Archaeologists working on the Isle of Skye, off the west coast of Scotland, have discovered the fossilized skeleton of a pterosaur, a winged reptile that lived during the time of the dinosaurs.
The three-dimensional fossil was discovered within limestone along the island’s shore, and has a wingspan of over 2.5 meters, making it the largest Jurassic period pterosaur ever discovered. Some 170 million years old, the fossil shows an aerodynamic head and criss-crossed teeth that would have acted as a cage while the creature was hunting.
It has been named Dearc sgiathanach, meaning “winged reptile.”
The fossil was discovered by University of Edinburgh doctoral student Amelia Penny during a field trip to the Isle of Skye in 2017. She and her group were looking for dinosaur footprints when she noticed the pterosaur’s jaw jutting out of limestone, in an area known as Brothers’ Point.
Diamond-tipped saws were used to extract the fossil from the limestone. According to New Scientist, X-ray computed microtomography and close visual inspection then revealed a well-preserved skeleton, complete with bones.
It’s believed the pterosaur was a juvenile at the time of its death, due to its head and back bones being fused and its rapid-growth bone microstructures. If given the opportunity to grow into adulthood, it would have developed a wingspan of three meters.
Welcome Dearc sgiathanach, our new species of pterosaur from the Middle Jurassic of the Isle of Skye, Scotland!
When it was flapping around the heads of dinosaurs 170 million years ago, it was the largest animal that had ever flow in Earth history (that we know of). pic.twitter.com/yR9tOojSGE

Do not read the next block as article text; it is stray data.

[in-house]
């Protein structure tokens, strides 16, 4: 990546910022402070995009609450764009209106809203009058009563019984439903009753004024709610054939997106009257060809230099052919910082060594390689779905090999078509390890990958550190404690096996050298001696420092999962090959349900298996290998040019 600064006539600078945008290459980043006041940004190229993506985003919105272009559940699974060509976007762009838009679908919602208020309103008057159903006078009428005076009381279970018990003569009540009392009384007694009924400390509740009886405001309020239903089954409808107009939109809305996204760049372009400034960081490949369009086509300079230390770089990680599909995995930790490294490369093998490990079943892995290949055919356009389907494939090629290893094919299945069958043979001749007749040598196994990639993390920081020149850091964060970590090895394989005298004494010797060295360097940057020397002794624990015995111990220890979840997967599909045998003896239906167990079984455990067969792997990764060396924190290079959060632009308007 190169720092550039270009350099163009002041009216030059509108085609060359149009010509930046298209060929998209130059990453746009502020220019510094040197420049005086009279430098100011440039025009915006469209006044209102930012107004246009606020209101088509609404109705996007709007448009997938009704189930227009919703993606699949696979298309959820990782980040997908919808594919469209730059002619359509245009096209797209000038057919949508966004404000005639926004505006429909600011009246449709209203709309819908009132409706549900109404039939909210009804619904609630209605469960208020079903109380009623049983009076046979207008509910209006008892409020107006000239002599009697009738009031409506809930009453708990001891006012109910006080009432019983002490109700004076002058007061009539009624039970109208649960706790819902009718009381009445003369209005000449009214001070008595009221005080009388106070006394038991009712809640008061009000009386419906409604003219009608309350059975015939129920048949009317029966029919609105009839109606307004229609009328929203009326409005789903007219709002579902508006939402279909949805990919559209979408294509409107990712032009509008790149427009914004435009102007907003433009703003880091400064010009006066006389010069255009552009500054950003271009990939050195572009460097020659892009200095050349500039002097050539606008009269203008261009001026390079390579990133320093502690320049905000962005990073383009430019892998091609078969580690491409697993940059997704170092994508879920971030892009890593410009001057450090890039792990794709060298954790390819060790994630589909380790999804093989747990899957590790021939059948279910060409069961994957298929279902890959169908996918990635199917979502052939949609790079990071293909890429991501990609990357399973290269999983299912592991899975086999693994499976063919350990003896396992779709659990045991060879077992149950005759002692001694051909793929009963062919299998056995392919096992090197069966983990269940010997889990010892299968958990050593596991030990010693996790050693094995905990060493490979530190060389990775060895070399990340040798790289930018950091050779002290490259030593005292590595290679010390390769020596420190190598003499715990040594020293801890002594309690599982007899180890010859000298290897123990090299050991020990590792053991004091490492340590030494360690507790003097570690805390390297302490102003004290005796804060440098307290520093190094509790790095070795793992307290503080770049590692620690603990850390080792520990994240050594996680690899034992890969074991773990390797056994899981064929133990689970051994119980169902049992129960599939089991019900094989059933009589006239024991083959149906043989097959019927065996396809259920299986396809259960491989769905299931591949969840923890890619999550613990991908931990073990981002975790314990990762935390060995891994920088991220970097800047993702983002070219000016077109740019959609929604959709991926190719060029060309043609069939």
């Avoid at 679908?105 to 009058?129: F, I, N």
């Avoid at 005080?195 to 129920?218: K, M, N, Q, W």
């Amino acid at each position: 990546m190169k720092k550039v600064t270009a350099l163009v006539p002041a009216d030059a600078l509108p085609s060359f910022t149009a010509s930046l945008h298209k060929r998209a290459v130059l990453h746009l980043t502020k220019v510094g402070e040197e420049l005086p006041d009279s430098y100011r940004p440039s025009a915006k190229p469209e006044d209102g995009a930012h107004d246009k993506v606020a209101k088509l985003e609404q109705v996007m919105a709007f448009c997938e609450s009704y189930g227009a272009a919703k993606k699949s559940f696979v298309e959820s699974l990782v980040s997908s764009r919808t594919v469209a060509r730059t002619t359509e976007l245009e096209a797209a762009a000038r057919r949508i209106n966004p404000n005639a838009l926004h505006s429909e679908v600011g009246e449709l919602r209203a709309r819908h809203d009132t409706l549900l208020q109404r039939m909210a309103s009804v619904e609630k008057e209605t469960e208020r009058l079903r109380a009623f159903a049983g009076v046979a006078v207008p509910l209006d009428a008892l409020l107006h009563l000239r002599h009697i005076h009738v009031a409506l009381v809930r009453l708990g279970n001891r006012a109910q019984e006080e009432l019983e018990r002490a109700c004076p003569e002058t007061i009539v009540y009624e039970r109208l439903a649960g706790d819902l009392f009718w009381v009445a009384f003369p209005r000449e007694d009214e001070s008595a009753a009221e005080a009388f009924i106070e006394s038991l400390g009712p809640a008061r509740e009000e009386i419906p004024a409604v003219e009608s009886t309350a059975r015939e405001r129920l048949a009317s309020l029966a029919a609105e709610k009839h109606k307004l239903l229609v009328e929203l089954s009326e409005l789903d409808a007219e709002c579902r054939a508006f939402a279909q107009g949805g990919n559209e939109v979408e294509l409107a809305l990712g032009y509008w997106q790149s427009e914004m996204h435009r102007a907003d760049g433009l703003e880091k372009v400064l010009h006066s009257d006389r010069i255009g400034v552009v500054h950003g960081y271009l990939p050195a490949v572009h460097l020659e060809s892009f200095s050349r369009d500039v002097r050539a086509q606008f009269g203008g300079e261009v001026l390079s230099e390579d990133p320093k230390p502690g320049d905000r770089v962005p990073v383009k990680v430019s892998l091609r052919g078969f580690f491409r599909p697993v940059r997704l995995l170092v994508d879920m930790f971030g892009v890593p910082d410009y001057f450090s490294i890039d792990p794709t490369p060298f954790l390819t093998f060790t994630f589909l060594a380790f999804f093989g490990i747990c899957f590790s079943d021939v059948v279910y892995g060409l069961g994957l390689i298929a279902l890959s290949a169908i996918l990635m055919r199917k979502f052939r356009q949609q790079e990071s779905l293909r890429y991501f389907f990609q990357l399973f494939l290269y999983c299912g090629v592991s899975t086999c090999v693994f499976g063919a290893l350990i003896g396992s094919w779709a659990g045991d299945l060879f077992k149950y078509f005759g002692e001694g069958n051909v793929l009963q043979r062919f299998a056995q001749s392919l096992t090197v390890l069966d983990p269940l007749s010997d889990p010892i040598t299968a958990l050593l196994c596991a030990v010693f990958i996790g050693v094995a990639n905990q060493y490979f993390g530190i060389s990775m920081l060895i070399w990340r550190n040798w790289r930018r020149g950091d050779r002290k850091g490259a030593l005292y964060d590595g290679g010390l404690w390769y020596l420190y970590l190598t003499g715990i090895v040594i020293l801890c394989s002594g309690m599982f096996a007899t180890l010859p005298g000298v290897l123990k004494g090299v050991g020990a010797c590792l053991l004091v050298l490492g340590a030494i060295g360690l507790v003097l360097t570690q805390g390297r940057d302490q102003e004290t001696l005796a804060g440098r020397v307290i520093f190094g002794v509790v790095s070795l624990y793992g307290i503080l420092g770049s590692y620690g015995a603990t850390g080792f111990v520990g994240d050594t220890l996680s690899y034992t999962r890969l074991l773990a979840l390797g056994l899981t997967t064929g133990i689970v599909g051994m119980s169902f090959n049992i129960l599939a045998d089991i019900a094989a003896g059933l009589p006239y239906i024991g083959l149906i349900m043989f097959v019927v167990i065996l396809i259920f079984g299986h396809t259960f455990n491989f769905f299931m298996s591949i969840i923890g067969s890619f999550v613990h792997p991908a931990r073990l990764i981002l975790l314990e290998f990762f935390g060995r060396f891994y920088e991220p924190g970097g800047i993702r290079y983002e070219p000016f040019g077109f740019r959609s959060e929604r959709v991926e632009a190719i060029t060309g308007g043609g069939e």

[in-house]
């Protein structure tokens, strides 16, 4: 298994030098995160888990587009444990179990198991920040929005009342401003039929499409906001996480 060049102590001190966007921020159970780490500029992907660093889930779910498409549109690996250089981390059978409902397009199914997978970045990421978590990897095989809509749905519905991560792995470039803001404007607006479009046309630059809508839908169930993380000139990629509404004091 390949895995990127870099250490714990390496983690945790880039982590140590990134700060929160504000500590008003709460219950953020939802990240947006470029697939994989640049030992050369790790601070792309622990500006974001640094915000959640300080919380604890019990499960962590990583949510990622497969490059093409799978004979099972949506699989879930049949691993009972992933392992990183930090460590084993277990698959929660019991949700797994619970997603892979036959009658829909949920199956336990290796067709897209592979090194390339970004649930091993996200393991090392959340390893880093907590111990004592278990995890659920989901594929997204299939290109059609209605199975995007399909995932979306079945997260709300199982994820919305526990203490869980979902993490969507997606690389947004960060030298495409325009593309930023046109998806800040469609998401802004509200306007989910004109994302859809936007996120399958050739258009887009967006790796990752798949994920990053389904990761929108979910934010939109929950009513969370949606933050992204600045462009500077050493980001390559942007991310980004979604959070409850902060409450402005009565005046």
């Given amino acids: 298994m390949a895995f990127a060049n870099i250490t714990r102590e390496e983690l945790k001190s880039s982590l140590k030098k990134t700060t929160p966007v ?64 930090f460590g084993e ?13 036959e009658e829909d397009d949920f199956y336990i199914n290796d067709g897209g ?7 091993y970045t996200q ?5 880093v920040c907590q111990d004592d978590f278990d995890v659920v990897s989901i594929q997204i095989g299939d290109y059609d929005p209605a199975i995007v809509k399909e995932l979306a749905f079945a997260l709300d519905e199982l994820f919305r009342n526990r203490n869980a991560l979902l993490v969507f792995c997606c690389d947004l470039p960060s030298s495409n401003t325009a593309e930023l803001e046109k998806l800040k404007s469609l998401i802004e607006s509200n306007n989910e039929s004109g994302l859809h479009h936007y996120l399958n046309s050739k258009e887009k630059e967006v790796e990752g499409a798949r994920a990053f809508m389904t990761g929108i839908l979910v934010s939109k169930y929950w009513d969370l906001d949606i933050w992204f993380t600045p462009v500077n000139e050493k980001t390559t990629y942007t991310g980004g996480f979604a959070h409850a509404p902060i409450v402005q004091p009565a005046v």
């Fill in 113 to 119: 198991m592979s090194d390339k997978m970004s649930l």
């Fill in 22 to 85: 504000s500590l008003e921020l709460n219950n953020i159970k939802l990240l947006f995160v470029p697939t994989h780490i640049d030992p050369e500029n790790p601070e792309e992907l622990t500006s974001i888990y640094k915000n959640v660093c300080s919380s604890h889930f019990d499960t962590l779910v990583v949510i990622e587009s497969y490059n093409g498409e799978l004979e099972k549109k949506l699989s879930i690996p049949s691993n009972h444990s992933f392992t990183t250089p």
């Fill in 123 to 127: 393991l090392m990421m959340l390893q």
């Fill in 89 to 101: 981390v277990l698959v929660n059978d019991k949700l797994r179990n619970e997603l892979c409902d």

— Steve Brusatte (@SteveBrusatte) February 22, 2022
Pterosaurs – more widely known as pterodactyls – were the first vertebrate animals to evolve flight and were particularly large, with some fossils and skeletons putting them around the size of an airplane. It is believed they continued to evolve throughout the Triassic period, and by the Cretaceous period were the size of fighter jets, with a wingspan of 12 meters.
The latest indicates that previously-held beliefs about the species need to be re-examined, as it shows pterosaurs evolved into their much larger sizes earlier than previously thought. The reason for this gap of knowledge is the result of a lack of fossils from the Middle Jurassic period, as climate conditions have not been conducive to their surviving the test of time.
Speaking with CNN, Natalia Jagielska, a doctoral student at the University of Edinburgh and the lead author of the paper about the find, said it is particularly rare. “Pterosaurs preserved in such quality are exceedingly rare and are usually reserved to select rock formations in Brazil and China,” she said. “And yet, an enormous superbly preserved pterosaur emerged from a tidal platform in Scotland.”
“This is a superlative Scottish fossil,” added Steve Brusatte, professor and Personal Chair of Palaeontology and Evolution in the School of GeoSciences at the University of Edinburgh. “The preservation is amazing, far beyond any pterosaur ever found in Scotland and probably the best British skeleton found since the days of Mary Anning in the early 1800s.
“Dearc is the biggest pterosaur we know from the Jurassic period, and that tells us that pterosaurs got larger much earlier than we thought, long before the Cretaceous period when they were competing with birds, and that’s hugely significant.”
In 1823, Anning discovered a three-meter-long Plesiosaurus in Dorset, southern England. It was the first of the species to be found intact. A number of discoveries have been found in and around Isle of Skye in recent years, including footprints belonging to Stegosauruses. It’s believed the area was once a subtropical lagoon home to a community of dinosaurs.
Thank you all, so much, for all the wonderful messages & lovely press coverage of the new amazing Scottish pterosaur! pic.twitter.com/6oek8V8JWZ
— Natalia Jagielska (@WryCritic) February 22, 2022
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“To achieve flight, pterosaurs had hollow bones with thin walls, making their remains incredibly fragile and unfit to (preserve) for millions of years,” said Jagielska. “And yet our skeleton, 160 million years on since its death, remains in almost pristine condition, articulated and almost complete… As if he were alive mere weeks ago.”
At present, the plan is to continue studying the fossil to develop a better understanding of the pterosaur.